The luxury goods market continues to shine, according to the just released annual report by Bain & Co., with overall luxury, encompassing both luxury goods and experiences, growing by 5 percent to an estimated €1.237 trillion globally. Personal luxury goods, including jewelry, will have outperformed the market, posting 6 percent growth at constant exchange rates in 2018 to approach the $300 million mark.
Looking ahead, Bain predicts that the positive growth trend for personal luxury goods will continue in the range of 3-5 percent per year through 2025, stand at $365 billion to $415 billion. However, sociopolitical issues, commercial policies, and potential short-term soft recessions could make this road to growth a bumpy one in the short term.
“Last year, we saw the global luxury market return to healthy growth, albeit at a more moderate pace than in the past,” said Claudia D’Arpizio, a Bain partner and lead author of the study. “That trend continues in 2018, reinforcing the ‘new normal’ we predicted, led by flourishing luxury demand from Chinese consumers, the continued rise of online channels, and increasing influence from younger generations of consumers.”
CHINA’S REMAINS THE PRIMARY ENGINE OF GROWTH
Chinese consumers are leading the positive growth trend around the world. Between 2015 and 2018, their purchases in Mainland China contributed twice as much growth as their spending abroad. Their share of global spending has continued to rise, and is now estimated at 33 percent of global luxury spend, up from 32 percent in 2017. In Mainland China, luxury sales grew 18 percent, driven by rising demand rather than by price increases.
Luxury purchases in softened slightly, Bain reported, pushing brands to find new solutions to bring consumers back to stores. However, retail sales still grew at 3 percent , with increased consumption from incoming tourism is prompting brands to rethink their distribution models.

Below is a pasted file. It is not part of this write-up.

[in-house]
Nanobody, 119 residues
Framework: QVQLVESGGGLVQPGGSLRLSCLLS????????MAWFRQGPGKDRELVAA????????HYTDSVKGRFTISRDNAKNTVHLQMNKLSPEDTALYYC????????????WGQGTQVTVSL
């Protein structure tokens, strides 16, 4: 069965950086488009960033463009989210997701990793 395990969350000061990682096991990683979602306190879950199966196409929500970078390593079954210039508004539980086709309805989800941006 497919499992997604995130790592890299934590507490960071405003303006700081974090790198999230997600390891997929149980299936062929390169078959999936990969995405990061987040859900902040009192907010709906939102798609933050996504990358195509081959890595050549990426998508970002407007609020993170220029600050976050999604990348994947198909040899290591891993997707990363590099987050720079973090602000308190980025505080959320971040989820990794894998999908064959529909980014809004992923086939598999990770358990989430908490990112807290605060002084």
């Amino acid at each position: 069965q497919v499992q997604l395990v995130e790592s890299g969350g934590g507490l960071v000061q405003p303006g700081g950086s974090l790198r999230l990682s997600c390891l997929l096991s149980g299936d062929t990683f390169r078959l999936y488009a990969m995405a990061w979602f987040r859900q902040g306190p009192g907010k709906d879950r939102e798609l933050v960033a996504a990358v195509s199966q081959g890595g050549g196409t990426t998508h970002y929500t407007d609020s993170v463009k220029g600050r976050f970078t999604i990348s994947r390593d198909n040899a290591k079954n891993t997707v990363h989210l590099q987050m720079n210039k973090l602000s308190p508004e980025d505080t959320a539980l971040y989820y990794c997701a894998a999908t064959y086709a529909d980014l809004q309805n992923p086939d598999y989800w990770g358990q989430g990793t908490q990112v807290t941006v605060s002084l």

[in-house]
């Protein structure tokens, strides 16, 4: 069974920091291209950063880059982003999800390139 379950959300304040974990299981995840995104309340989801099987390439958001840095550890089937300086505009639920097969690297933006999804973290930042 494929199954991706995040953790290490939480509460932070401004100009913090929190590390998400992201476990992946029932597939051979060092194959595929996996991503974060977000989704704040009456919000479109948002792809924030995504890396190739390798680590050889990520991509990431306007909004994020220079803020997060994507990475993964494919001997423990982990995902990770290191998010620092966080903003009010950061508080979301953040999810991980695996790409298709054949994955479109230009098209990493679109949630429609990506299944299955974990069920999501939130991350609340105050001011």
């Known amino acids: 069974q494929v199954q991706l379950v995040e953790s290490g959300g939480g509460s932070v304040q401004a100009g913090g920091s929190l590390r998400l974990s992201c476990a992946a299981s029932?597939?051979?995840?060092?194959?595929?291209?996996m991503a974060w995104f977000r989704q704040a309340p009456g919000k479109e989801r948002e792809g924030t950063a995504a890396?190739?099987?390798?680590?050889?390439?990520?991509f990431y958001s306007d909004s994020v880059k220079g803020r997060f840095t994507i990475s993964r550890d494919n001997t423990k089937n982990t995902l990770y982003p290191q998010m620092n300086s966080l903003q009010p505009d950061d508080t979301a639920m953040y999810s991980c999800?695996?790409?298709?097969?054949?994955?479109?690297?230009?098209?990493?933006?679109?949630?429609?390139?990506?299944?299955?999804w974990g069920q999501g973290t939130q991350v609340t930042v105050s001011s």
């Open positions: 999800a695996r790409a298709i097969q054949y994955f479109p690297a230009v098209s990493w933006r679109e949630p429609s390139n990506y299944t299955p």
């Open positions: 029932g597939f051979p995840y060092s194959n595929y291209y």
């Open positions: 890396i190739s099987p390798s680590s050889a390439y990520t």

Across the rest of Asia retail sales grew 7 percent at current exchange rates, due to dynamic growth in South Korea, driven by strong local consumption. Brisk growth in other Asian countries – Singapore, Thailand and Taiwan – also contributed. Hong Kong and Macau benefitted from Chinese purchases.
But Europe lagged in 2018 due to a strong euro that impacted tourists’ purchasing power. Local consumption was positive overall, despite mixed country performance, helping to boost retail sales by 1 percent.
The Americas grew 5 percent at current exchange rates. A positive U.S. economy boosted disposable income and overall luxury spending from locals, even as brands remained wary of continued economic prosperity. However, the strong dollar impacted tourists’ spending from Asia and Latin America. Canada and Mexico were strong players in the region, while political uncertainties derailed Brazil’s performance.
In other areas, growth was 0 percent, mainly due to stagnation in Middle East, which was brought on by a recent government spending restrictions.
DIGITAL METHODS OF BUYING TO BECOME MORE DOMINANT
Luxury shopping online continued to accelerate in 2018 compared with physical channels, growing 22 percent versus 2017. The U.S. market made up close to half of online sales – 44 percent– but Asia is emerging as the new growth engine for luxury online, slightly ahead of Europe.
Accessories remained the top category sold online, ahead of apparel, beauty and hard luxury, which includes jewelry and watches.
“New technologies are at once enriching the online and mobile shopping experiences, while potentially putting role of physical channels at risk,” said Federica Levato, a Bain partner and co-author of the study. “The luxury store-opening path is slowing down, leading to channel consolidation in the future. Brands must therefore re-think their physical channels and evolve their role from point-of-sale to point-of-touch, and use new technology to enhance customers’ in-store experiences.”
Bain & Company expects that by 2025 online will represent 25 percent of market value – up from 10 percent today – cannibalizing more “traditional” channels, and 100 percent of luxury purchases will be influenced by online. Further, 50 percent of luxury purchases in the future will be digitally enabled as a result of new technologies along the value chain, such as virtual reality and mobile payments.”